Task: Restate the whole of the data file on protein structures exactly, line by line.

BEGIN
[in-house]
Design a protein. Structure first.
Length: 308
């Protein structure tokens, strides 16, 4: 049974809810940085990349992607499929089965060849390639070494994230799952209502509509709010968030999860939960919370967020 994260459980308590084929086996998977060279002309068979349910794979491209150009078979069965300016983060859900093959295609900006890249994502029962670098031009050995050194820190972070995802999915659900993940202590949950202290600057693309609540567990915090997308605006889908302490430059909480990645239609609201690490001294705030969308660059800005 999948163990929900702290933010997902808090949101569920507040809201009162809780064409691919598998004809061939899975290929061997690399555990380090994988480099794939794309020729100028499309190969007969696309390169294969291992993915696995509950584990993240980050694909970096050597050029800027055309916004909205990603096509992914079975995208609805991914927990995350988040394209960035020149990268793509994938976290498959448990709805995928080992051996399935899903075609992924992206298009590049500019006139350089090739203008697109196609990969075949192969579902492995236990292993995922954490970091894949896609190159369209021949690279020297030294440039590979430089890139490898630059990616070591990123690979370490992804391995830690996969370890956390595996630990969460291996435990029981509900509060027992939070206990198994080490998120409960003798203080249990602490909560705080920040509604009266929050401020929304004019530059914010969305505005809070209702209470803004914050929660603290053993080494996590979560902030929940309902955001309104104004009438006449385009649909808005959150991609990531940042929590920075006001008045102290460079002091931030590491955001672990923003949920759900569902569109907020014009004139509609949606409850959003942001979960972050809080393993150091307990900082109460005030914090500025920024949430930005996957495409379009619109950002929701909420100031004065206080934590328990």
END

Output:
[in-house]
Design a protein. Structure first.
Length: 308
């Protein structure tokens, strides 16, 4: 049974809810940085990349992607499929089965060849390639070494994230799952209502509509709010968030999860939960919370967020 994260459980308590084929086996998977060279002309068979349910794979491209150009078979069965300016983060859900093959295609900006890249994502029962670098031009050995050194820190972070995802999915659900993940202590949950202290600057693309609540567990915090997308605006889908302490430059909480990645239609609201690490001294705030969308660059800005 999948163990929900702290933010997902808090949101569920507040809201009162809780064409691919598998004809061939899975290929061997690399555990380090994988480099794939794309020729100028499309190969007969696309390169294969291992993915696995509950584990993240980050694909970096050597050029800027055309916004909205990603096509992914079975995208609805991914927990995350988040394209960035020149990268793509994938976290498959448990709805995928080992051996399935899903075609992924992206298009590049500019006139350089090739203008697109196609990969075949192969579902492995236990292993995922954490970091894949896609190159369209021949690279020297030294440039590979430089890139490898630059990616070591990123690979370490992804391995830690996969370890956390595996630990969460291996435990029981509900509060027992939070206990198994080490998120409960003798203080249990602490909560705080920040509604009266929050401020929304004019530059914010969305505005809070209702209470803004914050929660603290053993080494996590979560902030929940309902955001309104104004009438006449385009649909808005959150991609990531940042929590920075006001008045102290460079002091931030590491955001672990923003949920759900569902569109907020014009004139509609949606409850959003942001979960972050809080393993150091307990900082109460005030914090500025920024949430930005996957495409379009619109950002929701909420100031004065206080934590328990």